Klong Toey slum residents rally round to help a woman left homeless and without clothes — and even the spirits approve
By Father Joe Maier, C.Ss.R.
It was early morning, still dark, and "old granny", as the neighbours nicknamed her to distinguish her from a younger granny also living alone in the next-door shack, was saying her morning prayers by candlelight.
The electric had gone out two days earlier because she didn't have "the tin" to pay the bill. Nothing new, this had happened before, but this time she fell asleep, knocked over the candle and, wham bam, within minutes 15 houses were on fire in Klong Toey. The first thing to blow was a cooking gas canister, which shot like a rocket as the gas escaped. That's what burned granny so quickly and badly and charred her house to ashes. All that remained were some rusted pieces of tin roofing twisted by the heat.
Her niece -- well, almost a niece but actually her younger sister's second husband's second wife's oldest daughter -- was just coming home. Walking into the slum, the Chinese Benevolent Society emergency van raced by her with sirens blazing to rush badly burned granny to the hospital.
She had suffered something like 60% burns on her hands and arms while trying to protect herself from the flames. As they carefully stretchered her into the van, she was conscious and kept moaning "Where is my niece? Where is she? I'm thirsty".
"Almost niece" had spent a difficult night with difficult customers. Coming home to our Klong Toey slum, she saw the police, the fire trucks, black smoke rising in the sky. Her taxi couldn't come the last 100 metres because of the fire trucks and a police barricade. So she kicked off her good-looking night-time shoes and walked in. She sat down at a mom-and-pop store owned by one of granny's cronies, just metres away from the ashes of her charred shack.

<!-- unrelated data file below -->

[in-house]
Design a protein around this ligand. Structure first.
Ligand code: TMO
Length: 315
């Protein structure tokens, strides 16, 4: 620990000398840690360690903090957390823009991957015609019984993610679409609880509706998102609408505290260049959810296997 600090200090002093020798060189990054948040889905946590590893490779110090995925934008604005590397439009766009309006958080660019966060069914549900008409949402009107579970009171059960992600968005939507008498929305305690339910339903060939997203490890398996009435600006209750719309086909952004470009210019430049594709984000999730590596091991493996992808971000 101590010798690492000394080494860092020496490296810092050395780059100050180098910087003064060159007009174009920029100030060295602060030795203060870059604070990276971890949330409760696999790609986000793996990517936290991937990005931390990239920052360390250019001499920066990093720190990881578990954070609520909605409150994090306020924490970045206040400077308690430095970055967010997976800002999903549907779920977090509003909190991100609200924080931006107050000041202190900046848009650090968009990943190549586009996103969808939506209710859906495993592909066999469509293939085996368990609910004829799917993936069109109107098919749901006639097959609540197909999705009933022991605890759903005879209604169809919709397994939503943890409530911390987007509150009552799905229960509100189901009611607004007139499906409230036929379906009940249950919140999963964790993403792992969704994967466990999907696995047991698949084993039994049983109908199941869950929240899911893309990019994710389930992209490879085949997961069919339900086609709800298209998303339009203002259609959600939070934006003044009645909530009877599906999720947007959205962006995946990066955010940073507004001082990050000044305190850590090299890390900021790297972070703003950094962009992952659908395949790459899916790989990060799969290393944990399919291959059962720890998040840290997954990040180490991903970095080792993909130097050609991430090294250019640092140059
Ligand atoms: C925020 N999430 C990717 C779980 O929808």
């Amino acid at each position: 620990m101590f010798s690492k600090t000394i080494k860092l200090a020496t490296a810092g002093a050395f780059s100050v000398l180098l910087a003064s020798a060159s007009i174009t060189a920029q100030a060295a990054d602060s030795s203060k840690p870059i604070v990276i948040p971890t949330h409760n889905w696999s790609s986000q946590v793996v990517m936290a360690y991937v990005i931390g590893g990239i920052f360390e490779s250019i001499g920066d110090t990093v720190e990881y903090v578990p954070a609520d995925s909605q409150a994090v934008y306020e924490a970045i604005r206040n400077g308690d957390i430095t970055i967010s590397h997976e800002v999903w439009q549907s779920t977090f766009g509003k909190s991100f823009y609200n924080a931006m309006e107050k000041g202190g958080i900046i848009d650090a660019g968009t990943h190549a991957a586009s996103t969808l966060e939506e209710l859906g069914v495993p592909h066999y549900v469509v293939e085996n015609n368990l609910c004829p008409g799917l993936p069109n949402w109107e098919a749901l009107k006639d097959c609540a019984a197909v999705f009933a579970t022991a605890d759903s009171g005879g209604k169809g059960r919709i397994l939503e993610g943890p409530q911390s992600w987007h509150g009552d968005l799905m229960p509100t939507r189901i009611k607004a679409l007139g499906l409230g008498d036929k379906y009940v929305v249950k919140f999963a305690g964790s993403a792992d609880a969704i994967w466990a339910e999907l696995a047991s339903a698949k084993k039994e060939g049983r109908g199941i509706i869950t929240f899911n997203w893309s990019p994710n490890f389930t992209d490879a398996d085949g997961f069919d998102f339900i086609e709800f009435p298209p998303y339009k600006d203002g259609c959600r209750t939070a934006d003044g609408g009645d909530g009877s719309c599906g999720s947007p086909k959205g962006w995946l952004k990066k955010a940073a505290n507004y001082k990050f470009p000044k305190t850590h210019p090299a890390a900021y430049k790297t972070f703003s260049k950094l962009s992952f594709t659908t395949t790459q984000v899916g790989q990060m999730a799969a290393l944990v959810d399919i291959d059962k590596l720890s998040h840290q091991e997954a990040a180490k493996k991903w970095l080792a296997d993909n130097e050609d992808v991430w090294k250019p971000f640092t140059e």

The fire just missed the store, so it was open for business. The storekeep granny didn't say anything but just dusted the ashes off a chair and served "almost niece" up the usual double shot of "local" to say goodbye to a difficult personal night. With a raw egg mixed in a cup of coffee, plus a bowl of rice gruel that the local Muslim ladies' group had cooked up for the fire victims, at least she had something to eat.
But now she realised she had no home and granny was in hospital, not expected to survive. She stubbed out her cigarette and walked barefoot the 10 metres to the nearby shrine in the big tree. She lit a joss stick and touched reverently one of the sacred classical dance dresses hanging there, left by pious folk seeking spiritual favours. Some of the tree's top branches had withered as the flames shot high from the cooking gas canister.
"Almost niece" was 41 years old, missing one front tooth, her shack burned. Granny was her only relative, at least that she knew about. Now, she had no place to stay, with her clothes ruined in the fire.
She took a stick and unhooked one of the classical dresses. When she hesitated, the storekeep granny and her husband came and whispered: "No, not that one. Do take the prettiest one. The spirits will agree."